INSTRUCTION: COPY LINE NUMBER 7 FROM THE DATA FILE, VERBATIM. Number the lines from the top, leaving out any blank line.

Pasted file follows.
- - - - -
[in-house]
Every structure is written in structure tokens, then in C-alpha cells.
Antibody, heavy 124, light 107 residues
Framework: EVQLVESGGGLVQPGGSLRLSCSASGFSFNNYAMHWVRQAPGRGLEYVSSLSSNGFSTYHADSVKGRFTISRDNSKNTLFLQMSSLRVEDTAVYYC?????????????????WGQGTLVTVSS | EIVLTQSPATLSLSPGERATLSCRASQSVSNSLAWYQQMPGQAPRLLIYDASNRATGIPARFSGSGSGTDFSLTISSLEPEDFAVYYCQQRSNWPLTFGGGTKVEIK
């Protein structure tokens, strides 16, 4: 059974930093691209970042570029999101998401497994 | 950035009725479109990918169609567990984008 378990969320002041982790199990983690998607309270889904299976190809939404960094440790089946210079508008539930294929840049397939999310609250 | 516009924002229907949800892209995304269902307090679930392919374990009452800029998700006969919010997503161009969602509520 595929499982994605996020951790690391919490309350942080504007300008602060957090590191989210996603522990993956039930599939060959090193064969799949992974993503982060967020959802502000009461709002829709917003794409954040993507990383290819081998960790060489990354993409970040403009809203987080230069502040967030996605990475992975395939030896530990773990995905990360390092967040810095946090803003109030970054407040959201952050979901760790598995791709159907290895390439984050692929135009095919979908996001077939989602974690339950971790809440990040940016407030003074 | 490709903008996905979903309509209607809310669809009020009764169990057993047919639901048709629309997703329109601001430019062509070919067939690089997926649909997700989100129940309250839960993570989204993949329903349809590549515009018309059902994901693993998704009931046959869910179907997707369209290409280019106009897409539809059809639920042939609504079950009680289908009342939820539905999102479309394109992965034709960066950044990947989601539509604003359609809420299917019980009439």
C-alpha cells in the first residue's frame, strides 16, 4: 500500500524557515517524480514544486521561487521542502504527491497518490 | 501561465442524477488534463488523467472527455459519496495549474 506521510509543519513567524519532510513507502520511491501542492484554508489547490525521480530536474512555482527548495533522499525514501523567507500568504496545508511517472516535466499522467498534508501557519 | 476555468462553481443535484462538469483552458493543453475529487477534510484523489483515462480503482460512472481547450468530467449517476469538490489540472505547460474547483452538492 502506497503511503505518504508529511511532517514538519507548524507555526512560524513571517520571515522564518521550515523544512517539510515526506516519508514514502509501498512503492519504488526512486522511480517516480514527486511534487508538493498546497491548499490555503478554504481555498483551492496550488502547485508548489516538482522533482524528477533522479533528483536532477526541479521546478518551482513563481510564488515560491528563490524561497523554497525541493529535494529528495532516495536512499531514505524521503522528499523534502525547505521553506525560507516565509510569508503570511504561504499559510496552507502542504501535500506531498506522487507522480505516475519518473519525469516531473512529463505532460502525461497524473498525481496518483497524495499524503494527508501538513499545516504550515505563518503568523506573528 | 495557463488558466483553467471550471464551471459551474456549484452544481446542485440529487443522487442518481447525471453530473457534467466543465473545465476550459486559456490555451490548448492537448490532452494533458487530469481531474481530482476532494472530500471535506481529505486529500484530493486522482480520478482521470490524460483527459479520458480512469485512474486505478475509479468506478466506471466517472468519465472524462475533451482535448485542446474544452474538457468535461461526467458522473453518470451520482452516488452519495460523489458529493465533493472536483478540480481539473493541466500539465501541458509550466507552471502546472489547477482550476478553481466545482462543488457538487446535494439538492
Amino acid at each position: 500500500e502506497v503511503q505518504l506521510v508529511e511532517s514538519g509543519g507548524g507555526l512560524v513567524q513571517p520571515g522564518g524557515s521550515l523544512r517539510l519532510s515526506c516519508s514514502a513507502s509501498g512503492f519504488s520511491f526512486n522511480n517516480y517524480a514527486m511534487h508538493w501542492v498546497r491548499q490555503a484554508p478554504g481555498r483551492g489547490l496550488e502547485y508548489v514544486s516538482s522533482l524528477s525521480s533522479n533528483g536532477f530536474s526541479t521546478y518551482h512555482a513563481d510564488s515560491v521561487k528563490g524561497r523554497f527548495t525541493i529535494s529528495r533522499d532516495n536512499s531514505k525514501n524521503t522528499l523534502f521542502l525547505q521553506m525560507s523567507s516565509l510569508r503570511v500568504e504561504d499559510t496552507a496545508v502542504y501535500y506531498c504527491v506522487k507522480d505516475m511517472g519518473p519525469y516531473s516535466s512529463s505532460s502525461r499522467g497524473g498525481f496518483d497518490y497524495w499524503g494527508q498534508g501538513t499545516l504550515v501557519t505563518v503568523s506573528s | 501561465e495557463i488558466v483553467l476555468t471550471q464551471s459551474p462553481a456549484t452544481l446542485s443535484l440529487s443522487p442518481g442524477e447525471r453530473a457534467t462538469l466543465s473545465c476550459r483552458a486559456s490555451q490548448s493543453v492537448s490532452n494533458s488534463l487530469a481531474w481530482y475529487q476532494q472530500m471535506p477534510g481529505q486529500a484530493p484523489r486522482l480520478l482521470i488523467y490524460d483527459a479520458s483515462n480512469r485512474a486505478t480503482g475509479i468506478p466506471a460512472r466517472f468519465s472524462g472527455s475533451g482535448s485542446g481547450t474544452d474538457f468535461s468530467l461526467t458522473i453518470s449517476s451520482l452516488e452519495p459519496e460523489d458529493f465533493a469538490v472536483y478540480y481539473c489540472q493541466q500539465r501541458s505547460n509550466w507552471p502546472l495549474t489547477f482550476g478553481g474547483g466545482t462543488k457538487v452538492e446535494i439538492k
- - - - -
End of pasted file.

Amino acid at each position: 500500500e502506497v503511503q505518504l506521510v508529511e511532517s514538519g509543519g507548524g507555526l512560524v513567524q513571517p520571515g522564518g524557515s521550515l523544512r517539510l519532510s515526506c516519508s514514502a513507502s509501498g512503492f519504488s520511491f526512486n522511480n517516480y517524480a514527486m511534487h508538493w501542492v498546497r491548499q490555503a484554508p478554504g481555498r483551492g489547490l496550488e502547485y508548489v514544486s516538482s522533482l524528477s525521480s533522479n533528483g536532477f530536474s526541479t521546478y518551482h512555482a513563481d510564488s515560491v521561487k528563490g524561497r523554497f527548495t525541493i529535494s529528495r533522499d532516495n536512499s531514505k525514501n524521503t522528499l523534502f521542502l525547505q521553506m525560507s523567507s516565509l510569508r503570511v500568504e504561504d499559510t496552507a496545508v502542504y501535500y506531498c504527491v506522487k507522480d505516475m511517472g519518473p519525469y516531473s516535466s512529463s505532460s502525461r499522467g497524473g498525481f496518483d497518490y497524495w499524503g494527508q498534508g501538513t499545516l504550515v501557519t505563518v503568523s506573528s | 501561465e495557463i488558466v483553467l476555468t471550471q464551471s459551474p462553481a456549484t452544481l446542485s443535484l440529487s443522487p442518481g442524477e447525471r453530473a457534467t462538469l466543465s473545465c476550459r483552458a486559456s490555451q490548448s493543453v492537448s490532452n494533458s488534463l487530469a481531474w481530482y475529487q476532494q472530500m471535506p477534510g481529505q486529500a484530493p484523489r486522482l480520478l482521470i488523467y490524460d483527459a479520458s483515462n480512469r485512474a486505478t480503482g475509479i468506478p466506471a460512472r466517472f468519465s472524462g472527455s475533451g482535448s485542446g481547450t474544452d474538457f468535461s468530467l461526467t458522473i453518470s449517476s451520482l452516488e452519495p459519496e460523489d458529493f465533493a469538490v472536483y478540480y481539473c489540472q493541466q500539465r501541458s505547460n509550466w507552471p502546472l495549474t489547477f482550476g478553481g474547483g466545482t462543488k457538487v452538492e446535494i439538492k